Necessary But Not Sufficient
"Necessary But Not Sufficient" - I first heard this phrase used by Knell Nordstrom, the Swedish Economist, who used it to describe the many things that used to make worthwhile differences to business performance and results - but no longer do. It’s haunted me ever since and I’ve found many uses for it.
Most of these uses relate to my work helping organisations find ways to build customer loyalty. There are numerous things that used to make a difference, but as markets have got more competitive and customers have become more demanding, they no longer do. So here are a few of the main things that I think now fall into this category of still being necessary, but which are no longer sufficient to create worthwhile, lasting customer loyalty.
I think it’s well known now (or at least it should be) that satisfied customers are not automatically loyal. Dissatisfied customers are certainly likely to be disloyal, but the converse does not apply. Numerous research projects have found little or no direct connection between a customers’ feeling of satisfaction and the likelihood of them becoming loyal in the future. That’s why I am always disappointed to find organisations that are spending money on Customer Satisfaction Research when there are many other things that can be researched that are proven to relate to loyalty.
On Time - In Full (Invoice Correct) – OTIF(IC)
OTIF(IC) is a measure used by many organisations. And it’s an essential one because late, incomplete deliveries with incorrect invoices are certainly going to make customers disloyal.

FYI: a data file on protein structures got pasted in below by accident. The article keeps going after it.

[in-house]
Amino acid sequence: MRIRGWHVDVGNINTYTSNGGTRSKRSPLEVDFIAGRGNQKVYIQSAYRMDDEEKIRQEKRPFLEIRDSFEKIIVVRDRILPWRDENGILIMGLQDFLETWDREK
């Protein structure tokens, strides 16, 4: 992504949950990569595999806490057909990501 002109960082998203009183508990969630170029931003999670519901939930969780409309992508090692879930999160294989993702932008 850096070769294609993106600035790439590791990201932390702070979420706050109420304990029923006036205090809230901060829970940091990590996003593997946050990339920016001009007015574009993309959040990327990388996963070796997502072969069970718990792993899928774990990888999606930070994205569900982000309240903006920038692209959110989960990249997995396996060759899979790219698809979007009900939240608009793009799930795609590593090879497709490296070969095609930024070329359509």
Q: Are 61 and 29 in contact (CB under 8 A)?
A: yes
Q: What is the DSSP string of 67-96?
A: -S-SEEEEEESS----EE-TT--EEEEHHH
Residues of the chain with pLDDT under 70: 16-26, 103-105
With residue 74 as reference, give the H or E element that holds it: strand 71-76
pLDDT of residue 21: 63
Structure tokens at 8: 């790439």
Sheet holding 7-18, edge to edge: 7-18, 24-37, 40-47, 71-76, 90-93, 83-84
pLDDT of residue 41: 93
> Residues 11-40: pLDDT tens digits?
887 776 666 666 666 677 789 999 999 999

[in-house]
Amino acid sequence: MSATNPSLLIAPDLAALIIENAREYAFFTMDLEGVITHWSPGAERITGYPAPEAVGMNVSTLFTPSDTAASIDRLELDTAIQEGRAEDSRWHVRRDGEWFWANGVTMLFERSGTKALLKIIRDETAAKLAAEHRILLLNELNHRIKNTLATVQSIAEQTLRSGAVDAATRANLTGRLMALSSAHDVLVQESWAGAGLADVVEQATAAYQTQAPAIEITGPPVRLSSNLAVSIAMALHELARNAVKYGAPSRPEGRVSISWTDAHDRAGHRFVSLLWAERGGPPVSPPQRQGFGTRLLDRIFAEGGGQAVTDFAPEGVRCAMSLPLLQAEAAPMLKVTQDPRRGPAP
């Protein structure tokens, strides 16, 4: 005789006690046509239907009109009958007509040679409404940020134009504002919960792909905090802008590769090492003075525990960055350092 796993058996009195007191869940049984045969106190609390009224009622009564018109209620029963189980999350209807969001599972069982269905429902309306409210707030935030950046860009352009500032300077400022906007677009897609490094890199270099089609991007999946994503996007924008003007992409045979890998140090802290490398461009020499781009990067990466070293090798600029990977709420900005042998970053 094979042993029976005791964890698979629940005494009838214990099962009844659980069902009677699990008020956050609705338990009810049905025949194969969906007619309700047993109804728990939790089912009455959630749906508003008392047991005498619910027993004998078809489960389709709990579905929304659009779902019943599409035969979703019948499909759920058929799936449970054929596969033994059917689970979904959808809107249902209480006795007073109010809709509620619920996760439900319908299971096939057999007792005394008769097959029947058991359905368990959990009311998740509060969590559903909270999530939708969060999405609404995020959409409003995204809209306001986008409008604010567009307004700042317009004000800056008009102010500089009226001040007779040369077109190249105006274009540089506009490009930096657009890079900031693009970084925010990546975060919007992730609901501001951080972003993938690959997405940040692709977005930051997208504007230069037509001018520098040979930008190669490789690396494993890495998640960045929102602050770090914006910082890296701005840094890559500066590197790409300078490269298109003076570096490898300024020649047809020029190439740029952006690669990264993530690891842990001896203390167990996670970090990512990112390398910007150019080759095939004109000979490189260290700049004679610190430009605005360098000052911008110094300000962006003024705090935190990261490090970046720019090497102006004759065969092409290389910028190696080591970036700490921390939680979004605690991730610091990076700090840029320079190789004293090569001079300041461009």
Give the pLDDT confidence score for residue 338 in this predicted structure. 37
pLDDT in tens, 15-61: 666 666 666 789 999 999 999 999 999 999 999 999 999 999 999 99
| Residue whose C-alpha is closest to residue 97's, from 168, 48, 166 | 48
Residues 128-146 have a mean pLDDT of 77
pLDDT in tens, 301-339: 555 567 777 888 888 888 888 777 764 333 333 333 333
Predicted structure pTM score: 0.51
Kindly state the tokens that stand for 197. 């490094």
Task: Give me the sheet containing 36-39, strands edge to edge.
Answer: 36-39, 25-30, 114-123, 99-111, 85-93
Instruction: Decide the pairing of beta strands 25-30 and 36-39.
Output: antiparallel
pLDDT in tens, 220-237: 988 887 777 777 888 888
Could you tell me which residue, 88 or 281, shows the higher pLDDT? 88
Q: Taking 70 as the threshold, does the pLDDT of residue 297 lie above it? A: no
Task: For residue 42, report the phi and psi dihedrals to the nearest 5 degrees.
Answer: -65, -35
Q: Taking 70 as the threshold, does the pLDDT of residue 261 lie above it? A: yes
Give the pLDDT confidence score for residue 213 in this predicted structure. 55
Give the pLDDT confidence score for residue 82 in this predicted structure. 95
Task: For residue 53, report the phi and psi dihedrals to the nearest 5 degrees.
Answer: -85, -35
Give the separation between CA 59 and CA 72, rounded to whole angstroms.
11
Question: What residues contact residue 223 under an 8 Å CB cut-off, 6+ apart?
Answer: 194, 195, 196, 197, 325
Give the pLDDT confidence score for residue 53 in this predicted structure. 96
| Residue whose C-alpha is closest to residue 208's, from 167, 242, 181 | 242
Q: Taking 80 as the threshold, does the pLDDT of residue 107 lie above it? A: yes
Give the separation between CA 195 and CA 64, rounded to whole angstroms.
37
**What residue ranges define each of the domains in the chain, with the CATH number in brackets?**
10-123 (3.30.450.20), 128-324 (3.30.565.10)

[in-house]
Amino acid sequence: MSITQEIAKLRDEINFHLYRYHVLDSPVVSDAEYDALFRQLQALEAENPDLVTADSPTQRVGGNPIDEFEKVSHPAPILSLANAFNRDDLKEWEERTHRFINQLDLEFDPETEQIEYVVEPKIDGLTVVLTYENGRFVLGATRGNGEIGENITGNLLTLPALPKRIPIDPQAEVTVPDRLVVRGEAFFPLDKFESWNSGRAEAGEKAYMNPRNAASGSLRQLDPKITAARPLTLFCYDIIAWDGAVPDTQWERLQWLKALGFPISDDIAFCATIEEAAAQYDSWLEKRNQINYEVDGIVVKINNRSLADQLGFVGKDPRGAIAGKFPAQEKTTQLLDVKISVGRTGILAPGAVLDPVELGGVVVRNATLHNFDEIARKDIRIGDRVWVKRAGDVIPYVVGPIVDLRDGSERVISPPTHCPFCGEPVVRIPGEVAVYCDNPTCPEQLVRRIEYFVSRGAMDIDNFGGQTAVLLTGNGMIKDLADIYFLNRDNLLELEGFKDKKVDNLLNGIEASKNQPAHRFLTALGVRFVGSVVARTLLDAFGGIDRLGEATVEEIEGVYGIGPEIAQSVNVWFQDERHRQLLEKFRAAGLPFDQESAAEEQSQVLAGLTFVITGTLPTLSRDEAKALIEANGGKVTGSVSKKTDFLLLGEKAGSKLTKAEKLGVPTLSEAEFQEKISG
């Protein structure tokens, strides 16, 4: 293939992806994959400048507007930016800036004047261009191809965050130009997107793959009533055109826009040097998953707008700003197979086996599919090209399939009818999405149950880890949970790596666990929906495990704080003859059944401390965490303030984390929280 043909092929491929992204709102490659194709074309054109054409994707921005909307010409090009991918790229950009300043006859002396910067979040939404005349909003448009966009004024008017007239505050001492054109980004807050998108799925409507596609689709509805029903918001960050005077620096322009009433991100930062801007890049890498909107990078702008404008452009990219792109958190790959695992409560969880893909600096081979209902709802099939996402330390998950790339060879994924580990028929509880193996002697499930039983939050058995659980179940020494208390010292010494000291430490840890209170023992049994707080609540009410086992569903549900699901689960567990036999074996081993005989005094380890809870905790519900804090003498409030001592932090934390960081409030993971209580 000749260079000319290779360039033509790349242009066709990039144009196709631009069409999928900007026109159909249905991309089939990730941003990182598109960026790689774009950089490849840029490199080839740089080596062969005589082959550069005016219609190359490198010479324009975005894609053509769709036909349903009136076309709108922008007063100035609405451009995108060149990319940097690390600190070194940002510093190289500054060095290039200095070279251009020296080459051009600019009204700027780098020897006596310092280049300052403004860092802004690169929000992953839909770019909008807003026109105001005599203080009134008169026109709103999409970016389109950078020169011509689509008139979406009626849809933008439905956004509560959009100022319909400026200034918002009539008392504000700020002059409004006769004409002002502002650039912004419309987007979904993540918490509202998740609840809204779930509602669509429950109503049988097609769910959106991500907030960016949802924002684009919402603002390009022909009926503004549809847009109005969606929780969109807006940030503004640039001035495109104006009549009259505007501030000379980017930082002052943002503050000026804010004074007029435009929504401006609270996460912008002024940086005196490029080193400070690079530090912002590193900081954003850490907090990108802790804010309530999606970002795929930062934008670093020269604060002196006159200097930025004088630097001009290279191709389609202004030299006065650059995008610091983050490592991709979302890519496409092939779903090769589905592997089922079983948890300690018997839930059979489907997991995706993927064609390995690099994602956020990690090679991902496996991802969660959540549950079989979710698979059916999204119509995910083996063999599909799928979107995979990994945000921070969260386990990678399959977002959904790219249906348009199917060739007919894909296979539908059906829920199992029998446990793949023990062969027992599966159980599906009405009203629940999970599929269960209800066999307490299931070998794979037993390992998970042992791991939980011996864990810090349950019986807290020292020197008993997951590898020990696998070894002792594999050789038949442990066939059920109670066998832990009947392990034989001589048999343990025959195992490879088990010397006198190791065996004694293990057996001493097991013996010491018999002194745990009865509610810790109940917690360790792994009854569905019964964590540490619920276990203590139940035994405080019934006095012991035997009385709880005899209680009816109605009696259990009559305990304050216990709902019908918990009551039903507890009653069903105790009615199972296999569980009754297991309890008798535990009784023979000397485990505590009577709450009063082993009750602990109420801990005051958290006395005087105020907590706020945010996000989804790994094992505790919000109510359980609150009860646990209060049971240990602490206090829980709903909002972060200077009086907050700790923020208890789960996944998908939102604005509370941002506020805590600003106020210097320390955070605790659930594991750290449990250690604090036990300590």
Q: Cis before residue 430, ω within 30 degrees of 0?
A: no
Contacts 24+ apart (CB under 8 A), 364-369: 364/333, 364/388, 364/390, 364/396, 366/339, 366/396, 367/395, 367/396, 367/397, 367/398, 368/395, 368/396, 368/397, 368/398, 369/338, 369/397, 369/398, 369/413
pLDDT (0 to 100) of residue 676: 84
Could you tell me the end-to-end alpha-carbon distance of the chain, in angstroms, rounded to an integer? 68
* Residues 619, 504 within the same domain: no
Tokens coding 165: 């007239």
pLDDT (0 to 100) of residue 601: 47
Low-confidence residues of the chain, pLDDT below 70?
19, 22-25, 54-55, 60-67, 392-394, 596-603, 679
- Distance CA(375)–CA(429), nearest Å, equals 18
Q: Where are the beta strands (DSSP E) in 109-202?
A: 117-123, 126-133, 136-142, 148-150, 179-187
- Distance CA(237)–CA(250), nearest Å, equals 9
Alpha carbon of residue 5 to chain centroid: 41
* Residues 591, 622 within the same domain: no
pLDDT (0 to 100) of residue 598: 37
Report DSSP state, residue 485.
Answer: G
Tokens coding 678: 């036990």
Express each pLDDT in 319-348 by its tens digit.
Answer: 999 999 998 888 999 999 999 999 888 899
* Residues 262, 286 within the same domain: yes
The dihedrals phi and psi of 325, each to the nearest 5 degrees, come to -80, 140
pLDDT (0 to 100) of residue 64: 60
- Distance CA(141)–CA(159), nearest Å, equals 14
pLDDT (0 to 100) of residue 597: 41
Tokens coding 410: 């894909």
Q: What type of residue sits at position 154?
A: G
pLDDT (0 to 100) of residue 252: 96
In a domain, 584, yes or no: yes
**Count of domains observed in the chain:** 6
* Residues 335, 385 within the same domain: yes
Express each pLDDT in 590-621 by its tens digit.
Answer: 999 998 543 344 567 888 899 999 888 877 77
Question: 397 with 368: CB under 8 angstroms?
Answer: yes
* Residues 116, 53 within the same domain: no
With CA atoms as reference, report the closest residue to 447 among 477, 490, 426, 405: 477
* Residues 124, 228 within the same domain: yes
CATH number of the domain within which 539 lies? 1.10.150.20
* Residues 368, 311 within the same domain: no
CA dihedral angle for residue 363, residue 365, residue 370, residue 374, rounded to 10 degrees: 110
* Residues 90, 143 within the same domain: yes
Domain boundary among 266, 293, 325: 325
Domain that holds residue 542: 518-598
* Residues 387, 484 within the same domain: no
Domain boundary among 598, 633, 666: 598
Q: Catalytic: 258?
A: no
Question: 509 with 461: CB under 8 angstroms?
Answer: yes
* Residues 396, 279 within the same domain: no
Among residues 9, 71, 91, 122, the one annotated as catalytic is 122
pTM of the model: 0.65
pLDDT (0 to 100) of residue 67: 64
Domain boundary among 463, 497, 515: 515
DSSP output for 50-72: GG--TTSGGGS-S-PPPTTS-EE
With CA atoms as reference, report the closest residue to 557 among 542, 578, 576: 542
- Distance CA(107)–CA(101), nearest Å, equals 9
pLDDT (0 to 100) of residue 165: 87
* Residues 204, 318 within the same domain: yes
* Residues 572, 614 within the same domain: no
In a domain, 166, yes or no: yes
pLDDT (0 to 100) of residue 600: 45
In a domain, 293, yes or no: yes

But here again, the converse does not apply. Doing what you promised to do will create satisfaction, but we know that does not link to loyalty. So, do ensure you can do OTIF(IC), but don’t stop there – it’s not enough to build loyalty.
Customer Service Training
There’s a common belief that the training customer service people receive is the key to success. But I don’t agree with that. All my experience shows that their recruitment is far more important than their training. What I mean by this is that if you don’t have the right people serving customers; that’s people with a natural talent for it; no amount of training, no matter how good it is, will turn them into the right people for the job. So, Customer Service Training may be necessary, but it’s not the key, and therefore is not sufficient to ensure great service is experienced by customers.
I’m often asked if I can provide training for people on the front line. The answer is of course, yes. However, I usually then go on to question the judgement of starting with the people on the front-line. That’s because in many situations, the root cause of service problems is not on the front line; it’s with the people and/or processes deeper in the organisation. So, it’s then advisable to start the training, or better still the education, there. So, front line training may be necessary at some time, but in many cases, it’s the wrong place to start, and so is not enough.
Customer Experience Management
This will probably be a contentious one, because many organisations have invested much time and resources in it. But psychologists like the Nobel Prize winning Daniel Kahneman, tell us that we do not make decisions based on experiences. We make decisions based on either our expectations of what the experiences will be like, or our memory of those experiences from the past. So, Customer Experience Management is important, but it’s not enough. I believe that Customer Expectation Management and Customer Memory Management are also necessary – and even more important in building customer loyalty. Collectively I call these skills Customer Loyalty Management.
Customer Loyalty Management
So, there are my top 5 things which I believe are Necessary but Not Sufficient to create worthwhile customer loyalty. If you’d like to learn more about how to improve Customer Experience and Customer Loyalty for your business, all about...Loyalty team is here to help you, with my guidance.
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